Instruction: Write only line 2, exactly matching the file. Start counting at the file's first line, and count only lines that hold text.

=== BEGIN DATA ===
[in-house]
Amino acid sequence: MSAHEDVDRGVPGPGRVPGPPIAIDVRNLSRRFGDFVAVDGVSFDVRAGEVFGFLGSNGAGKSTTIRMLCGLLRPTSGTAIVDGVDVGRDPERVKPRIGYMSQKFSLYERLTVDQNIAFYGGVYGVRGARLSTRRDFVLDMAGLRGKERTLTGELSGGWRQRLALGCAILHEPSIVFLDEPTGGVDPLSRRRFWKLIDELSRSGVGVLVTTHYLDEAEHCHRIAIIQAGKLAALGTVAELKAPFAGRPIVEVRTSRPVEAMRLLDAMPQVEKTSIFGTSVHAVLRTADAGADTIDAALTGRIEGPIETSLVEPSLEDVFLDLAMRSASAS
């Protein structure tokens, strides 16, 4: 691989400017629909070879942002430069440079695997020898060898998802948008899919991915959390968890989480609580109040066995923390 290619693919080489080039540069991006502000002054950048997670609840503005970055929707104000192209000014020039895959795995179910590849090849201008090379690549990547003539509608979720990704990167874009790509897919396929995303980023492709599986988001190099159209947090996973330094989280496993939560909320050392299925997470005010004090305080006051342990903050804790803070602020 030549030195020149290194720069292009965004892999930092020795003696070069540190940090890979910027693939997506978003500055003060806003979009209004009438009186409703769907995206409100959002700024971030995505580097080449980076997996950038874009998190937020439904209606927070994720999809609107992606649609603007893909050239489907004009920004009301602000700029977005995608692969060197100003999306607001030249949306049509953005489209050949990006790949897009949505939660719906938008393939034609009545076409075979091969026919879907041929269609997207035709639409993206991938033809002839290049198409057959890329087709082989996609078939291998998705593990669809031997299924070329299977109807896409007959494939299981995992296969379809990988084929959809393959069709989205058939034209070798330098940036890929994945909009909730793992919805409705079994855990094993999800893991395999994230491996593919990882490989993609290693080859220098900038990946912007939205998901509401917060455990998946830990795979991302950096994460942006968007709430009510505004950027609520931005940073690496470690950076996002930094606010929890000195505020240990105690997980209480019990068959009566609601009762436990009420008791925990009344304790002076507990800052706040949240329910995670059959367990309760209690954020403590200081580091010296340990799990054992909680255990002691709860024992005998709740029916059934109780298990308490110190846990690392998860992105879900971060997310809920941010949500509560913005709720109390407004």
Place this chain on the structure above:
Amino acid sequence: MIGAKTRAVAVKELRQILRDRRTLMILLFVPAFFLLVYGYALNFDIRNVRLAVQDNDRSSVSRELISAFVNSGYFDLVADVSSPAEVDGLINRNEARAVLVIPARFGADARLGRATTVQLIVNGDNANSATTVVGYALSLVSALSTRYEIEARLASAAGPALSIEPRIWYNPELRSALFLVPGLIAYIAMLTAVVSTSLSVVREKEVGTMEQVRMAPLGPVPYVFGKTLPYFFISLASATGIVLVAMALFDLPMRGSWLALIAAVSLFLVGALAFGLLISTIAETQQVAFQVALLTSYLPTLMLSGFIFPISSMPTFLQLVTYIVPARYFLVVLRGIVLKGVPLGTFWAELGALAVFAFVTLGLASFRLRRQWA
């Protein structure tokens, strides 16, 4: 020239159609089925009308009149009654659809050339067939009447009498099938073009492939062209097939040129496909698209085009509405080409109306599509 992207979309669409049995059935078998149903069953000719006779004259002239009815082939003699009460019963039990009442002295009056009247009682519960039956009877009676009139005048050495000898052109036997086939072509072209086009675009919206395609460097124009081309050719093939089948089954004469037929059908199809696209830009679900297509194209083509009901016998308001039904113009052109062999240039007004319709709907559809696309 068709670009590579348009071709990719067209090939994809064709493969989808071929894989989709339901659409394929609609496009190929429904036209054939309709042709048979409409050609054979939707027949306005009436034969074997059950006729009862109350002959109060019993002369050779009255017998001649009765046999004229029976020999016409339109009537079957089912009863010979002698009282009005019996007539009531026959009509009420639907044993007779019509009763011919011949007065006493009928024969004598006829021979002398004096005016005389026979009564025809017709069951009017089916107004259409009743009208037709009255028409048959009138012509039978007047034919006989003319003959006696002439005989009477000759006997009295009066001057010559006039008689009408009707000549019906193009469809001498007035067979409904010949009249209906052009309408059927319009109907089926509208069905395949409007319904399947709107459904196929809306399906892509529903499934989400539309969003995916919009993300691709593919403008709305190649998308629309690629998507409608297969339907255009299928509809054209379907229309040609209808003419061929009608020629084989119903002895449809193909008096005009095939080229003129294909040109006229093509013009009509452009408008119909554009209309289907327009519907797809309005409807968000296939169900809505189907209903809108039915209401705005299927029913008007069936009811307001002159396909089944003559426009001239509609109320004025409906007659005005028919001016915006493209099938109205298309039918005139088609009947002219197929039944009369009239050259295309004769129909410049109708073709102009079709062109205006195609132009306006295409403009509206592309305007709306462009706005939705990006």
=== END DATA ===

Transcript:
Amino acid sequence: MSAHEDVDRGVPGPGRVPGPPIAIDVRNLSRRFGDFVAVDGVSFDVRAGEVFGFLGSNGAGKSTTIRMLCGLLRPTSGTAIVDGVDVGRDPERVKPRIGYMSQKFSLYERLTVDQNIAFYGGVYGVRGARLSTRRDFVLDMAGLRGKERTLTGELSGGWRQRLALGCAILHEPSIVFLDEPTGGVDPLSRRRFWKLIDELSRSGVGVLVTTHYLDEAEHCHRIAIIQAGKLAALGTVAELKAPFAGRPIVEVRTSRPVEAMRLLDAMPQVEKTSIFGTSVHAVLRTADAGADTIDAALTGRIEGPIETSLVEPSLEDVFLDLAMRSASAS